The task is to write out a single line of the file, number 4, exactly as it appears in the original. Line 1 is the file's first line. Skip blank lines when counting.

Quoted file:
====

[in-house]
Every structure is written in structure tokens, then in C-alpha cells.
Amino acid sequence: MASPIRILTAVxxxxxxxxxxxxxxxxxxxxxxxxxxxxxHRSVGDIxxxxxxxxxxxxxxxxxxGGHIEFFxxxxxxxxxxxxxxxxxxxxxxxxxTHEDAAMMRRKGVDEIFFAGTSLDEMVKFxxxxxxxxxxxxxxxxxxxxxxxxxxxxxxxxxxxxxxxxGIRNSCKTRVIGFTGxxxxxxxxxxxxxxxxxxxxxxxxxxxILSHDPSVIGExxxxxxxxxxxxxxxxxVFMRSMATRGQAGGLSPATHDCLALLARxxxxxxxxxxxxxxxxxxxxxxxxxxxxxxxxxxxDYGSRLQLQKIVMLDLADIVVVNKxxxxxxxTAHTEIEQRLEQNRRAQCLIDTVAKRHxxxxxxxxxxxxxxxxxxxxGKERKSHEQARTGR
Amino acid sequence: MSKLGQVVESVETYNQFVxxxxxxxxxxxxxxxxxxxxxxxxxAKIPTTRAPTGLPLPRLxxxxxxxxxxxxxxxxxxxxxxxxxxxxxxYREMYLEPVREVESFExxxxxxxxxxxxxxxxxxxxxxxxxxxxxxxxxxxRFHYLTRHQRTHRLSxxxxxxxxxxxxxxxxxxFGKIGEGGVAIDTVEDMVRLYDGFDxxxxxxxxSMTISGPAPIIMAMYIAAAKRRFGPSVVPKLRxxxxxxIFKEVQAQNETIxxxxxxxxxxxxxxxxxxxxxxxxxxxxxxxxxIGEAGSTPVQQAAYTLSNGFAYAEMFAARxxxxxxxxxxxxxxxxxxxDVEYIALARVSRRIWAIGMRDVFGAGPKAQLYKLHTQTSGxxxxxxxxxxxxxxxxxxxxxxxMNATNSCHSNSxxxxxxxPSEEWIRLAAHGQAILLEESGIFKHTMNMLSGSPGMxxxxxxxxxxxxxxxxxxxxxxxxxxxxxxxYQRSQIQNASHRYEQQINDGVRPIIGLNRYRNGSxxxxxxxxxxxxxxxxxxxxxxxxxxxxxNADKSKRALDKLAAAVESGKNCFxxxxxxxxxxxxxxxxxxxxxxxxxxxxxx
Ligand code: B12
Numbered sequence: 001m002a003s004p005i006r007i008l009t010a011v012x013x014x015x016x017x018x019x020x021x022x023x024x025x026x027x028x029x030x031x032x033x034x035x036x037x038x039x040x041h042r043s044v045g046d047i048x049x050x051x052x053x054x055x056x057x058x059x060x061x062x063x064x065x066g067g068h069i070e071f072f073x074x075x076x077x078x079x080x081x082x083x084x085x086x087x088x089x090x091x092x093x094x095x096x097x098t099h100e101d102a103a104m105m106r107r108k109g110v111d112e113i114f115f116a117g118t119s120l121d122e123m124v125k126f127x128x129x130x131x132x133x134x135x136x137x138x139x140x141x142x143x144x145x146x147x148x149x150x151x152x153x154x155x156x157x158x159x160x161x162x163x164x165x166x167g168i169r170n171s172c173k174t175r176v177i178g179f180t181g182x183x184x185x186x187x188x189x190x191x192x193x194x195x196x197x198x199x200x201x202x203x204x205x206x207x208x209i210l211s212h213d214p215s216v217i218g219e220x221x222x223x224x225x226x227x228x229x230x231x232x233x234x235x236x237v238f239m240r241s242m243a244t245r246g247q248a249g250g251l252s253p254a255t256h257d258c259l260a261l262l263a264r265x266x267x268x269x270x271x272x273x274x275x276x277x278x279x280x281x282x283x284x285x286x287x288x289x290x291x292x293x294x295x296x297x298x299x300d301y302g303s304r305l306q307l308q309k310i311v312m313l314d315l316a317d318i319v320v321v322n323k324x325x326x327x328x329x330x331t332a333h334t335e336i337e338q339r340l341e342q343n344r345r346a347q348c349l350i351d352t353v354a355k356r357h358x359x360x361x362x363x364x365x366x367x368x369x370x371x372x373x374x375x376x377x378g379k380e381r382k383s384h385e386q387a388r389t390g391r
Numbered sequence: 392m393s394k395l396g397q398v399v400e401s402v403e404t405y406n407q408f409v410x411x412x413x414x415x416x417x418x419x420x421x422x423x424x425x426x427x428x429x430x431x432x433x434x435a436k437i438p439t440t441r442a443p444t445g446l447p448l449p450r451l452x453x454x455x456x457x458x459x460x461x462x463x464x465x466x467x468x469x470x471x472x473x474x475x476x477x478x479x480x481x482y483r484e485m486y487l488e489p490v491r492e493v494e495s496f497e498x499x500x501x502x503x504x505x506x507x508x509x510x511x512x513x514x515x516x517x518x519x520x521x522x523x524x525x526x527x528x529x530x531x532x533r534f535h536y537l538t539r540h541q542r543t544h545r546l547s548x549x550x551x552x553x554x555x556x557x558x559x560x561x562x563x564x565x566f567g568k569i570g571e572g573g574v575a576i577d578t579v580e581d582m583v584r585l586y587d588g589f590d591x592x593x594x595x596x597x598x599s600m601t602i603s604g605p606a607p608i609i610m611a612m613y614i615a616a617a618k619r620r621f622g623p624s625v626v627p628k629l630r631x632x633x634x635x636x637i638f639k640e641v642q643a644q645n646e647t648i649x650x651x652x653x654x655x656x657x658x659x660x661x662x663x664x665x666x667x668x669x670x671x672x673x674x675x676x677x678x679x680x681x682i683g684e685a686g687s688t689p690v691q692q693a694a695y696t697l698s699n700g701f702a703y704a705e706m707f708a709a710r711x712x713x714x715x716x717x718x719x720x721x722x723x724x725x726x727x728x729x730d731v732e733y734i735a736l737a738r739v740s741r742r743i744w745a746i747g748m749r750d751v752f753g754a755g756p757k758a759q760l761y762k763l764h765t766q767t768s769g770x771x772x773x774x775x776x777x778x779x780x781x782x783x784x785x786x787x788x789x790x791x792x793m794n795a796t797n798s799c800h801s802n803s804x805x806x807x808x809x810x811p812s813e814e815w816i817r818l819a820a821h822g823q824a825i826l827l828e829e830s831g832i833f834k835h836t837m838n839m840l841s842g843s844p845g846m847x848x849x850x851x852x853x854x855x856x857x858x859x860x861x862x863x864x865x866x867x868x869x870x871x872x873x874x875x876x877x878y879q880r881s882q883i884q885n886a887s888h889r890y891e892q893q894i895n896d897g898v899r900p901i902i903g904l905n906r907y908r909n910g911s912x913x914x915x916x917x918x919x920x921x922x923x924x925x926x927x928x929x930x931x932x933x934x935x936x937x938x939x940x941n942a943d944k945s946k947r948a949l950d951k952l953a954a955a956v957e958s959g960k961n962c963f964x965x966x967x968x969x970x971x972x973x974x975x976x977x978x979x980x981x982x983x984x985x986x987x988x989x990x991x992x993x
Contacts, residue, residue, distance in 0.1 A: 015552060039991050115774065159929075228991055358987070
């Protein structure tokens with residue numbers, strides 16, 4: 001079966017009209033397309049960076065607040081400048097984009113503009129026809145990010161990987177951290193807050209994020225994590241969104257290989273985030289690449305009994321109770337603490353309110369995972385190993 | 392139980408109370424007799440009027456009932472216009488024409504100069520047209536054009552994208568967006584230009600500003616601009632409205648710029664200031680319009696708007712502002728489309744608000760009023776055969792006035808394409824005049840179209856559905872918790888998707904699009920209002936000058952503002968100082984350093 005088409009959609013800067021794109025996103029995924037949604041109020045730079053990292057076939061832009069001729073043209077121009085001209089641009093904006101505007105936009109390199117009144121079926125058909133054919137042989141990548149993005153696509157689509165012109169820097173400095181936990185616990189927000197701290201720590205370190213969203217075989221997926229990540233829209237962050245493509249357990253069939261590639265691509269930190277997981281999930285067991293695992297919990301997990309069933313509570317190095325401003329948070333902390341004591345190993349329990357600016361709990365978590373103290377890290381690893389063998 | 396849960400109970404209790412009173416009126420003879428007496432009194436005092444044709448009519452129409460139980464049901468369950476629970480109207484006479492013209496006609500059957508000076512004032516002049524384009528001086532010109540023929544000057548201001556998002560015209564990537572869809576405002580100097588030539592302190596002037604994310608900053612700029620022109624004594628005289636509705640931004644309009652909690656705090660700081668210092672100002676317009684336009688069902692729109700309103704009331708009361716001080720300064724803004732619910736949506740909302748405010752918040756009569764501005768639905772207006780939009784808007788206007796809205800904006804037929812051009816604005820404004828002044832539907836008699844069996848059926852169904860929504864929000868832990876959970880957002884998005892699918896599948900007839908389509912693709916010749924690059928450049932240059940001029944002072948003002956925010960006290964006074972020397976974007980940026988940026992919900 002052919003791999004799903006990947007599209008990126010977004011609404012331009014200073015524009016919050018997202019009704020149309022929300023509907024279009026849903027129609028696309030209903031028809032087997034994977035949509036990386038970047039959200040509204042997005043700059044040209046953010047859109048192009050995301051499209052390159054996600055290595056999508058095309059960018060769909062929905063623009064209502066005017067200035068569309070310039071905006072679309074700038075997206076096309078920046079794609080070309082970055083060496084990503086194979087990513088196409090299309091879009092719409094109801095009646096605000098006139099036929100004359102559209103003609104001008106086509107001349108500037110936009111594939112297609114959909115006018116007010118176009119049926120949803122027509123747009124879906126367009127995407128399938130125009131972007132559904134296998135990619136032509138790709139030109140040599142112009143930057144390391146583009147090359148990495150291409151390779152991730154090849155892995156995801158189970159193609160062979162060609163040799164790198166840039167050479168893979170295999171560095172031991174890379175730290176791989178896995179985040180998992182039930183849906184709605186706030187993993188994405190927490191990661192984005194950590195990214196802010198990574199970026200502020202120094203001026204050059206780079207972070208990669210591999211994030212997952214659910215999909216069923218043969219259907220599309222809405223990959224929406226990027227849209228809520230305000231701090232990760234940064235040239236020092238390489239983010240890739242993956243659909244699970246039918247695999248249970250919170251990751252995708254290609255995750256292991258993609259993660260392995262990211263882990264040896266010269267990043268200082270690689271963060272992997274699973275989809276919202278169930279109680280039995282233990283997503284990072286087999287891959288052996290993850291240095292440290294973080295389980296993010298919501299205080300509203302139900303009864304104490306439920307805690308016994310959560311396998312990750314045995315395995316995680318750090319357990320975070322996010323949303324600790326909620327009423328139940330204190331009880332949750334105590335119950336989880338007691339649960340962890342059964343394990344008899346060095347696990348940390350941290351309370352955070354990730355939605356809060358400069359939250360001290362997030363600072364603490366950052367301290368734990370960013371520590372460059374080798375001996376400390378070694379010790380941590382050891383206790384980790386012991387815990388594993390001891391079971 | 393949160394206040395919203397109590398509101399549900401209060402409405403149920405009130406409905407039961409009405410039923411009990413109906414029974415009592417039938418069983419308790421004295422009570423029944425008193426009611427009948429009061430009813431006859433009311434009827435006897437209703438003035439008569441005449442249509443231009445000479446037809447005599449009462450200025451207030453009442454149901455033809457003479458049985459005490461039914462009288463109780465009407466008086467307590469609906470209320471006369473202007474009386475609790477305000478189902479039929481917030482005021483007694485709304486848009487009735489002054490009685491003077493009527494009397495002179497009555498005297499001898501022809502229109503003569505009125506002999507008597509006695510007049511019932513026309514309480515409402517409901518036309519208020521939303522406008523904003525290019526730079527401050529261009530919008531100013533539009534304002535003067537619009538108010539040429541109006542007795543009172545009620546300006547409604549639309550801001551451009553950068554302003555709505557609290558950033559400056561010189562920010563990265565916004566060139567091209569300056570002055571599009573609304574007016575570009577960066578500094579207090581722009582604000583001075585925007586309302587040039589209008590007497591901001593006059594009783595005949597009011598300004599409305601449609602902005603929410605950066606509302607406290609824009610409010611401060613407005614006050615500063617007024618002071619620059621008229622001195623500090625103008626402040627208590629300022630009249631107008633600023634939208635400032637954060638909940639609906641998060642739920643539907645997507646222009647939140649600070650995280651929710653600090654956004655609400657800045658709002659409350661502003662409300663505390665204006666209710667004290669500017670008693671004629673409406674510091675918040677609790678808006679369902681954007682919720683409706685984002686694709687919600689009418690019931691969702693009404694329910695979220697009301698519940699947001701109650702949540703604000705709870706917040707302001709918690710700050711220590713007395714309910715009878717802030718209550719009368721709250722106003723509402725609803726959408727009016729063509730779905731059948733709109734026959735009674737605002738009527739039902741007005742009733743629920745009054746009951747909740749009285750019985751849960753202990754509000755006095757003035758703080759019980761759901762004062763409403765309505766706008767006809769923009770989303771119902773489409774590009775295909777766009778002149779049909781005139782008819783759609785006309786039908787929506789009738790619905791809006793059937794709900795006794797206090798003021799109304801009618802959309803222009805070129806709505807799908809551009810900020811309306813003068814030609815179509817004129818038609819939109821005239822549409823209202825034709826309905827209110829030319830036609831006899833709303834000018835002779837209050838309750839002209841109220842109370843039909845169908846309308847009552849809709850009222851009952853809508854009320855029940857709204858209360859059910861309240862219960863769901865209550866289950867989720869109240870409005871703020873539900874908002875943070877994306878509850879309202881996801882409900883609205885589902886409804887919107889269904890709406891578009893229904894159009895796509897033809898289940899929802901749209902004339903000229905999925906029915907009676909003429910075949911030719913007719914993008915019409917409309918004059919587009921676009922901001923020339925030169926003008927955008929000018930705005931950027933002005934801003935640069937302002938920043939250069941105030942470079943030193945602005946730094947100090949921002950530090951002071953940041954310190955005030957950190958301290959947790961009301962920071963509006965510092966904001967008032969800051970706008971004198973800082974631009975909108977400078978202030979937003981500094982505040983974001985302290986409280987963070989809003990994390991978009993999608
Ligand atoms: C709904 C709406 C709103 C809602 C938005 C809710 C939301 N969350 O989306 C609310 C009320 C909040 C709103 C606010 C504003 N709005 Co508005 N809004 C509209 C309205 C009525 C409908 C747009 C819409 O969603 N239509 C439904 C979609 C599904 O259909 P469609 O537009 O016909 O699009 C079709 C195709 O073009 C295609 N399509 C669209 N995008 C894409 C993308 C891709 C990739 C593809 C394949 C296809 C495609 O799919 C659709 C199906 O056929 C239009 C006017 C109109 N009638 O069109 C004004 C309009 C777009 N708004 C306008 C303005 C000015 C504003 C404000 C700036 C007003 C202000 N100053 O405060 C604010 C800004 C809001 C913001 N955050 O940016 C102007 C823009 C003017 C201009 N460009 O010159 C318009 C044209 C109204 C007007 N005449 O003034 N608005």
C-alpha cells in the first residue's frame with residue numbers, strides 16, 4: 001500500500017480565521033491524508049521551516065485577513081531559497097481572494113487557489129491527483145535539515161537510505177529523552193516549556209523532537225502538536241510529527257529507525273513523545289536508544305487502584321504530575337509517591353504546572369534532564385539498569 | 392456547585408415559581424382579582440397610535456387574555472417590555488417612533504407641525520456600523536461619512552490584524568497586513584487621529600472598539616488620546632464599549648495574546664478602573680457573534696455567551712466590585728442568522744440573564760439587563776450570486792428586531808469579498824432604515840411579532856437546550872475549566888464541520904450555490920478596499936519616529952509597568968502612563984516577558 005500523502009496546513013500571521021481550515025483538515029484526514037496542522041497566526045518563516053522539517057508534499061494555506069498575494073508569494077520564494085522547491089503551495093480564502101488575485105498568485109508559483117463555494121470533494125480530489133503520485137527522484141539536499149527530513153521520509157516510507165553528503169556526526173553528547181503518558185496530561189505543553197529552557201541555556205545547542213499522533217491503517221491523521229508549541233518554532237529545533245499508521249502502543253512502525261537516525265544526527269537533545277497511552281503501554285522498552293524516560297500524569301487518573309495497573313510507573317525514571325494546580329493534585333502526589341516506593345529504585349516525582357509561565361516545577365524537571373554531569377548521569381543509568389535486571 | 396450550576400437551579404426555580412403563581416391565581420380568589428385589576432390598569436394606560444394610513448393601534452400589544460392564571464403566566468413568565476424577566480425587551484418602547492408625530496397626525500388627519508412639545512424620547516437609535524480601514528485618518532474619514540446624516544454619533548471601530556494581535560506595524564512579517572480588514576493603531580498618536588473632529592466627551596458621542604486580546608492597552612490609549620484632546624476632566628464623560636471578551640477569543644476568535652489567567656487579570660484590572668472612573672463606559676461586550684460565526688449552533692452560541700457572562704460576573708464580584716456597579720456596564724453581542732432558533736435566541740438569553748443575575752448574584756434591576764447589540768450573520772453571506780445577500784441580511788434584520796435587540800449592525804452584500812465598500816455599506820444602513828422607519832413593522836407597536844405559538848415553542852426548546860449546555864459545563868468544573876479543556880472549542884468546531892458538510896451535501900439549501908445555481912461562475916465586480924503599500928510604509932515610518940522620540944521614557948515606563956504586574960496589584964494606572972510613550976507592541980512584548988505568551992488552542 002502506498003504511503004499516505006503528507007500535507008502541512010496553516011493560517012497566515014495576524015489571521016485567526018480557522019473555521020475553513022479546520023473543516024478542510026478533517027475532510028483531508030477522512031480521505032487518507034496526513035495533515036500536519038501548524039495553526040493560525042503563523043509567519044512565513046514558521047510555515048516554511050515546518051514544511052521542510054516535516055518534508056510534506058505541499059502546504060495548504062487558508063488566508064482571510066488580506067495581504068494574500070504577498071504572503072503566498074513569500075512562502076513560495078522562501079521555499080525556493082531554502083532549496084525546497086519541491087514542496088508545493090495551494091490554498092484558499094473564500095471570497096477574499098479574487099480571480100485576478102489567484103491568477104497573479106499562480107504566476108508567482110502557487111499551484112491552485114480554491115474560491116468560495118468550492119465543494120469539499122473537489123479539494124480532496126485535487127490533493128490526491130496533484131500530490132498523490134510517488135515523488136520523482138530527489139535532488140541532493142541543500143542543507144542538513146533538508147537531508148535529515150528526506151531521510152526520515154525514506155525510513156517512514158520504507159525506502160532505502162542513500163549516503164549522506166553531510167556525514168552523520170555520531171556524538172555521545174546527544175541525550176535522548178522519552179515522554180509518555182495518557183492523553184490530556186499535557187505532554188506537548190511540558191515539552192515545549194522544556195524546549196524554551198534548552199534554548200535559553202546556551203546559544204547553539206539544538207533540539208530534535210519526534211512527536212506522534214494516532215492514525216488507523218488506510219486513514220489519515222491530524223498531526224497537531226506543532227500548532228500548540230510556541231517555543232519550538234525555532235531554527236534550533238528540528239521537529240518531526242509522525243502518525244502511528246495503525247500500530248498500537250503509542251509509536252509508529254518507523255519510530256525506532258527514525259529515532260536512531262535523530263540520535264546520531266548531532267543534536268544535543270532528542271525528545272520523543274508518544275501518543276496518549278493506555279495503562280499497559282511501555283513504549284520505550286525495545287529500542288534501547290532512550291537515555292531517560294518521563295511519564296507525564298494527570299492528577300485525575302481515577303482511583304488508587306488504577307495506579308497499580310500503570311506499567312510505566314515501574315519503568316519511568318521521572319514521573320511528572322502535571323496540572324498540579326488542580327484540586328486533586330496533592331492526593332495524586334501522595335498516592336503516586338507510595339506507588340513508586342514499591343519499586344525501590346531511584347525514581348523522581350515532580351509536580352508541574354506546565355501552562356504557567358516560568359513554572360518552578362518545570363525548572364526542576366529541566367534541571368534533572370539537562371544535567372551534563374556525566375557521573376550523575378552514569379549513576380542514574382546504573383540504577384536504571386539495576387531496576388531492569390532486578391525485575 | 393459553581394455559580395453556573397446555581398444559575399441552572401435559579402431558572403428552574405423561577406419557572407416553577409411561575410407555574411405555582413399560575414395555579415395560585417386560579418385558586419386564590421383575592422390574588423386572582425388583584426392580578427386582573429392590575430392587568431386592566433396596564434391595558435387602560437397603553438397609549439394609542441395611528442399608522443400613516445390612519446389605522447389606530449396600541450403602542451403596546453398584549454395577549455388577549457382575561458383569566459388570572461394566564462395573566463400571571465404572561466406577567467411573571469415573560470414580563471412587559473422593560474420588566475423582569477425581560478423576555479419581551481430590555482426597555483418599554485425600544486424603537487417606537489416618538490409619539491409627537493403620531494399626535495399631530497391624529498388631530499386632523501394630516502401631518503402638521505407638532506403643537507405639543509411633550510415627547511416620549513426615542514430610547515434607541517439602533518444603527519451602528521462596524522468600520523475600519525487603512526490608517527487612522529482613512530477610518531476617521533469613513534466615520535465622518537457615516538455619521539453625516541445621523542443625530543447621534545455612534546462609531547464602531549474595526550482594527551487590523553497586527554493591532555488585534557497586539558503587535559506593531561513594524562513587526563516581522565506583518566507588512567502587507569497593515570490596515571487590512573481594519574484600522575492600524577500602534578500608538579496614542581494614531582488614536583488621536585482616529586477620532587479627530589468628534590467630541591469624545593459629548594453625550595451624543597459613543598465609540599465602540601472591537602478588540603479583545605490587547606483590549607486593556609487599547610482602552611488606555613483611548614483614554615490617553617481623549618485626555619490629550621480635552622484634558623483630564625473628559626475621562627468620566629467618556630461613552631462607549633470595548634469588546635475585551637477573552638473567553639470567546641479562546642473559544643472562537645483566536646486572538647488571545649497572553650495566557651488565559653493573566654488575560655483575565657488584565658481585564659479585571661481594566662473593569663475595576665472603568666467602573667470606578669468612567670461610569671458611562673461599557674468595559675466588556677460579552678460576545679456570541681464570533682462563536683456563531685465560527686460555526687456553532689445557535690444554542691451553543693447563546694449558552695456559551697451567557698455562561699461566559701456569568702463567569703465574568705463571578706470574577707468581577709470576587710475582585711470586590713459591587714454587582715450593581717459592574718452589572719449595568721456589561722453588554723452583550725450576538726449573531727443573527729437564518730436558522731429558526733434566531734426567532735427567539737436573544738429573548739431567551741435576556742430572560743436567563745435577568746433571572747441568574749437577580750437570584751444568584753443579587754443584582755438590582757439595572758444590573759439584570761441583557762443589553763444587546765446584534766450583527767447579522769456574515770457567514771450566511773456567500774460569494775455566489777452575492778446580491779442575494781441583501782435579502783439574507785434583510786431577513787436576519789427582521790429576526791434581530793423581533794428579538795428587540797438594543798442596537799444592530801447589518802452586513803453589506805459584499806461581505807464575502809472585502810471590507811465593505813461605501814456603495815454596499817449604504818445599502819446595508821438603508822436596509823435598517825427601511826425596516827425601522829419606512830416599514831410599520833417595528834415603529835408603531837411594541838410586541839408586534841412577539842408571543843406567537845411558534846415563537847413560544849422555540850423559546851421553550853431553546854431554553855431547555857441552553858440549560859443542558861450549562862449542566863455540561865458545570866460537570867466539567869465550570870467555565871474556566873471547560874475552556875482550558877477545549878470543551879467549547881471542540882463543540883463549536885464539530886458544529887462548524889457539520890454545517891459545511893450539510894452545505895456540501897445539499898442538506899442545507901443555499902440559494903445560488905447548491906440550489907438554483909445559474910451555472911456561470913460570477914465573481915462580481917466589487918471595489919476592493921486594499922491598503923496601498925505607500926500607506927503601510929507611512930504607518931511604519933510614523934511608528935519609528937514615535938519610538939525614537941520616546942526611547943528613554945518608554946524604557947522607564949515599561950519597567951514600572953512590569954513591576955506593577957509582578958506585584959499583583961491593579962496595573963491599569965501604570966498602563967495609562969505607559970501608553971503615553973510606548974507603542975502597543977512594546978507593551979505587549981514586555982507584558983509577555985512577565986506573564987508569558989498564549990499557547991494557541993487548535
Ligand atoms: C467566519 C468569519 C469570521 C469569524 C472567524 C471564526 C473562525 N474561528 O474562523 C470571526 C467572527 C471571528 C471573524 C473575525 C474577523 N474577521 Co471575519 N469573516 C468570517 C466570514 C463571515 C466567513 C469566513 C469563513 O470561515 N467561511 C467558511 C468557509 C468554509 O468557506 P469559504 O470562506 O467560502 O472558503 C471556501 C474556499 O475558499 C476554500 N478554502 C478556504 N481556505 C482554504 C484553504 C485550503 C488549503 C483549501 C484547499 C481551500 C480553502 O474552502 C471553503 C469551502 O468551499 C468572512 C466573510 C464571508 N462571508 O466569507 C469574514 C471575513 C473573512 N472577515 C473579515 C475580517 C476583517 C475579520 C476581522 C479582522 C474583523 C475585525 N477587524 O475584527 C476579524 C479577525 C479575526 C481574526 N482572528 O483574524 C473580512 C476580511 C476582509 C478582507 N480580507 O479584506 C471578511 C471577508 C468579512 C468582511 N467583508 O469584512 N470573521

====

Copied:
Amino acid sequence: MSKLGQVVESVETYNQFVxxxxxxxxxxxxxxxxxxxxxxxxxAKIPTTRAPTGLPLPRLxxxxxxxxxxxxxxxxxxxxxxxxxxxxxxYREMYLEPVREVESFExxxxxxxxxxxxxxxxxxxxxxxxxxxxxxxxxxxRFHYLTRHQRTHRLSxxxxxxxxxxxxxxxxxxFGKIGEGGVAIDTVEDMVRLYDGFDxxxxxxxxSMTISGPAPIIMAMYIAAAKRRFGPSVVPKLRxxxxxxIFKEVQAQNETIxxxxxxxxxxxxxxxxxxxxxxxxxxxxxxxxxIGEAGSTPVQQAAYTLSNGFAYAEMFAARxxxxxxxxxxxxxxxxxxxDVEYIALARVSRRIWAIGMRDVFGAGPKAQLYKLHTQTSGxxxxxxxxxxxxxxxxxxxxxxxMNATNSCHSNSxxxxxxxPSEEWIRLAAHGQAILLEESGIFKHTMNMLSGSPGMxxxxxxxxxxxxxxxxxxxxxxxxxxxxxxxYQRSQIQNASHRYEQQINDGVRPIIGLNRYRNGSxxxxxxxxxxxxxxxxxxxxxxxxxxxxxNADKSKRALDKLAAAVESGKNCFxxxxxxxxxxxxxxxxxxxxxxxxxxxxxx